Lost and found

Dearly Beloved,
Grace and Peace to you.
         After three days they found him in the temple.
                  —Luke 2. 46

At Christmas time we think of the “Christ child,” though we know nothing of Jesus’ childhood. But there is this: Luke says when Jesus was twelve, when his family went to the temple in Jerusalem they accidentally left him behind. After three days they found him, in the temple.

Insert your own funny family story here of the kid being left somewhere (ours is a gas station). But wait— three days? Clearly, this is not a biographical story, but a symbolic one. It’s a story about losing and finding, being with and without, separation and reunion. In the Bible three days is not chronological time, it’s symbolic time: Abraham and Isaac on the mountain… Jonah in the whale… Jesus in the tomb. Three days means loss and transformation, death and resurrection. And it comes at Christmas time.

Because Christ comes to us to be with us in our death. Christ comes to us because we are broken hearted. The peace and joy of Christmas is not just for fun, but because we need it. We need the healing for our sorrows, the mercy in our terror, the company in our wanderings. Christ comes to be with us because we are lost, and searching, and alone. Sometimes, like his parents, we feel like we have lost the Holy Child with us or within us. We feel death’s shadow. But the good news is that we haven’t lost God; we are not alone; death does not have the last word. The light of Christmas shines on those who dwell in darkness and in the shadow of death.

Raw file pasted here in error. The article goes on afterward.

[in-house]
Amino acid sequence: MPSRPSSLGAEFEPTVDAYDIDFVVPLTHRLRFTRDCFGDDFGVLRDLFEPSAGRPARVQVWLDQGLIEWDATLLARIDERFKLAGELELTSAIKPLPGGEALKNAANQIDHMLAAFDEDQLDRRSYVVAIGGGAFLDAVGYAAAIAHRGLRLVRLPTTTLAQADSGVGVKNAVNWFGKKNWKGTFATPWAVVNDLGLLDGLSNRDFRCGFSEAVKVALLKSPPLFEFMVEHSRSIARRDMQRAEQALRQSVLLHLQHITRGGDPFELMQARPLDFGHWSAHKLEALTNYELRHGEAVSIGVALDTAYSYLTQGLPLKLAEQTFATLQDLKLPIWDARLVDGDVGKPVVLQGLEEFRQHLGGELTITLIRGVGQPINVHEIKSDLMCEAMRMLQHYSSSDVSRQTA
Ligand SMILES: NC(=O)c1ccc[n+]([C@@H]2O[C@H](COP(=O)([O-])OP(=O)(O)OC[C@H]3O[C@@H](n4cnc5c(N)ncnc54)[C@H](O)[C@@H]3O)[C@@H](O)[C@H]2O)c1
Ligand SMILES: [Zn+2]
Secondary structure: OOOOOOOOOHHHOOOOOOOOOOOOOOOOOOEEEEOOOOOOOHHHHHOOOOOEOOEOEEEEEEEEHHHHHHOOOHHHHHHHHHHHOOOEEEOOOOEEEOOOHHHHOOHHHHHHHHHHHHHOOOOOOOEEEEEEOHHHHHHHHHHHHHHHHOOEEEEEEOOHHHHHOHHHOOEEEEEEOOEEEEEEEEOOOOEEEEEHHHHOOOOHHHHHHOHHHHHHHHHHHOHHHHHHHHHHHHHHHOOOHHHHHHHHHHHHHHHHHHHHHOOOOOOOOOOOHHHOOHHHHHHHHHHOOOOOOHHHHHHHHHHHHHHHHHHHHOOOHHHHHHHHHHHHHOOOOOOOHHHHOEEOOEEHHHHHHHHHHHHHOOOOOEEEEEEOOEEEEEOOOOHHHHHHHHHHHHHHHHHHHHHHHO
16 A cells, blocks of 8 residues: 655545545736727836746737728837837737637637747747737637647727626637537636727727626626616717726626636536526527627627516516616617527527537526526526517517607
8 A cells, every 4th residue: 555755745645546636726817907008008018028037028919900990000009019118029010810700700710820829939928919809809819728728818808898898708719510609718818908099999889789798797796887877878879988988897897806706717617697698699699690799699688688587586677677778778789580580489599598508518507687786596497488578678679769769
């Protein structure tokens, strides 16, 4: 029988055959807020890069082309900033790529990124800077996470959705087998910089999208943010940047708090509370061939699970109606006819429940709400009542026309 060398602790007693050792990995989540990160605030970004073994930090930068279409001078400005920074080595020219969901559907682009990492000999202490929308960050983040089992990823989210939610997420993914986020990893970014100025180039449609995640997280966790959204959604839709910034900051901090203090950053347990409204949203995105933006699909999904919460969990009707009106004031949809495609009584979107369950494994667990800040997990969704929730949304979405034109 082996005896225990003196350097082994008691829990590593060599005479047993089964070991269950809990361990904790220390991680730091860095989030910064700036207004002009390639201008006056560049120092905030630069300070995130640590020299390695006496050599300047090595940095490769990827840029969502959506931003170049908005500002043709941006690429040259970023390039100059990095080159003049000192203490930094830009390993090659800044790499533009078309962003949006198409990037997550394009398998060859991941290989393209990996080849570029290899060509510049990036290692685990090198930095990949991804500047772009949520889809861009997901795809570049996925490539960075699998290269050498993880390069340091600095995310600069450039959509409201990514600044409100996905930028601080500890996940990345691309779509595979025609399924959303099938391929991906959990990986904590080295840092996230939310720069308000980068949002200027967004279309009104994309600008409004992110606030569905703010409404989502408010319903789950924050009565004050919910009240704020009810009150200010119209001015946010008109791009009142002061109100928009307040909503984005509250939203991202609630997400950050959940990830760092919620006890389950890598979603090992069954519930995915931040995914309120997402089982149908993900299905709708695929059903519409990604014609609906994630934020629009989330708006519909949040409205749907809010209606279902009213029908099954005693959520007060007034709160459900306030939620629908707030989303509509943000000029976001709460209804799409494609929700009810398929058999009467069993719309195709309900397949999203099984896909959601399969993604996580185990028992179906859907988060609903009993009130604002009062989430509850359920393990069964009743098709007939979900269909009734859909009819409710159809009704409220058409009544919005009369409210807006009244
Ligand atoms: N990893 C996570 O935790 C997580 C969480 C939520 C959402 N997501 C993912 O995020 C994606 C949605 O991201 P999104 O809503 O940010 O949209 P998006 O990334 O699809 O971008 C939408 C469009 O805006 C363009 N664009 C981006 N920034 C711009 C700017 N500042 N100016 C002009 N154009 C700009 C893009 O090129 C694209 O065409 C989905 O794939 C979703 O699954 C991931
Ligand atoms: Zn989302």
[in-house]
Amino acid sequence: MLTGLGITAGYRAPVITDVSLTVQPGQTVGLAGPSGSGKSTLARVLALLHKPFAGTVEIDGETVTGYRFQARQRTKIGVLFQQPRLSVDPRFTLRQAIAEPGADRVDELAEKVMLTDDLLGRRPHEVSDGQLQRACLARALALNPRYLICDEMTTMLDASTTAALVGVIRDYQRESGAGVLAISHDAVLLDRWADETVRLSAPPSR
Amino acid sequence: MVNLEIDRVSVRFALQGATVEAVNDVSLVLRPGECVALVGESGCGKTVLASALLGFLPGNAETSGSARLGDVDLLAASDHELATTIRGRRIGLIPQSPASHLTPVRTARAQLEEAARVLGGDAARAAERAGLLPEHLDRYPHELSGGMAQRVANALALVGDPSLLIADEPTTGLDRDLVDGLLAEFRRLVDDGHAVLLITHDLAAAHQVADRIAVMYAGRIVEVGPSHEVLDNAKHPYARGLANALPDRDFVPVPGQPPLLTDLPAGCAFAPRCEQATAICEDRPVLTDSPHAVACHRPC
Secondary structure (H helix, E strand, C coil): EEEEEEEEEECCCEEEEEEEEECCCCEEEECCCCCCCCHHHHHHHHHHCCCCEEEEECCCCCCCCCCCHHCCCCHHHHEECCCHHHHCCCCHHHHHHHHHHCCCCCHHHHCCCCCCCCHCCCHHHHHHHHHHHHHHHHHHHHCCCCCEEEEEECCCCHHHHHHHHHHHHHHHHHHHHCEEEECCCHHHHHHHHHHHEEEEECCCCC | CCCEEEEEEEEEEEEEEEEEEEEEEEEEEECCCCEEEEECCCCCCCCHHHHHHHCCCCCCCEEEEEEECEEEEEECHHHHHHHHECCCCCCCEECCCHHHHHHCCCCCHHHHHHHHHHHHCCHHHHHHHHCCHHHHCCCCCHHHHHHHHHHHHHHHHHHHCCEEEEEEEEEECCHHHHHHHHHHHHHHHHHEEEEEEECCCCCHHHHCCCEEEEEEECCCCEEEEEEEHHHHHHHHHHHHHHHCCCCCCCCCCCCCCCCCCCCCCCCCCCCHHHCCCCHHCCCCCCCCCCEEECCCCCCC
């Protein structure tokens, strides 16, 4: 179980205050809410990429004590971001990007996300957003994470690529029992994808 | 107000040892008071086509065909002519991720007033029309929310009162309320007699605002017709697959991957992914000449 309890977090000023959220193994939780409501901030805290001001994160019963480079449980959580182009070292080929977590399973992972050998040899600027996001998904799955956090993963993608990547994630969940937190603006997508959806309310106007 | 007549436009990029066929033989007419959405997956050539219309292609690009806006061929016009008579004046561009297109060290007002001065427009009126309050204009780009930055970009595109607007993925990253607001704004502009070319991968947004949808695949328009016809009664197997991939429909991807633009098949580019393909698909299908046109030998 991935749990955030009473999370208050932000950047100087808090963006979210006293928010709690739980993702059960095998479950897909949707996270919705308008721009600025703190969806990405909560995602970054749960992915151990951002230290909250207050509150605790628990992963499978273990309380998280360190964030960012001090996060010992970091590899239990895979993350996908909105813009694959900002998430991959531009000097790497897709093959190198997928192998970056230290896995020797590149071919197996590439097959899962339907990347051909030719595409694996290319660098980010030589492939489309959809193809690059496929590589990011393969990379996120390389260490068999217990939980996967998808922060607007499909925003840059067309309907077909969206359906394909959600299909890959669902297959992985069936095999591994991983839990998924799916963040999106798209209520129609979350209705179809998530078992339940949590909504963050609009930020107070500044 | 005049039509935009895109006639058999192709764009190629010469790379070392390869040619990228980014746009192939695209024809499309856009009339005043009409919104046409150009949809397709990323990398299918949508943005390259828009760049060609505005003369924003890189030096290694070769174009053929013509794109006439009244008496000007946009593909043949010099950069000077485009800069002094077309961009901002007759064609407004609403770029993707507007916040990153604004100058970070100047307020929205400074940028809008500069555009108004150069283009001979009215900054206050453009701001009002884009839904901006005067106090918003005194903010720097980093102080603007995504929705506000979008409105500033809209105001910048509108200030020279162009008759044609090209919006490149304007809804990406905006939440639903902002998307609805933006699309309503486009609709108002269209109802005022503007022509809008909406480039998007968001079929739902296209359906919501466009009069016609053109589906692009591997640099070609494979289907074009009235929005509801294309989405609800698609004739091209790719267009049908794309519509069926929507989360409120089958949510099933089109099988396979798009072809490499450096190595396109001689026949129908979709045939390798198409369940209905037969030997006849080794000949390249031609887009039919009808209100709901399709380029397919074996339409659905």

For many people the ribbons of Christmas are braided with sorrow. And this year it has been for us, too. My wife Beth’s youngest sister Paula passed away suddenly and unexpectedly last weekend, two days before Christmas. Family is gathered, yet sundered, both lost and united. We have been more aware than usual that the promise of Christmas is not happy times; the promise is that God is with us, even in the sorrowful times. Sometimes we have to search for three days to know it. But when we return to the sacred center, we find that it is we who have wandered, who have not seen the presence of God. We are not alone. And death never has the last word.

There will be sorrows and fears; there will be times when we feel without God. But “after three days”—beyond the appearances of time and space— we will be reunited with the Beloved, and we will find ourselves in a holy place.

This Christmas pray for all those who do not yet see light in their lives, who are in sorrow, or searching and feel alone. May God’s presence enfold them, God’s love and hope be with them always.
Deep Blessings,
Pastor Steve

Steve Garnaas-Holmes
Unfolding Light

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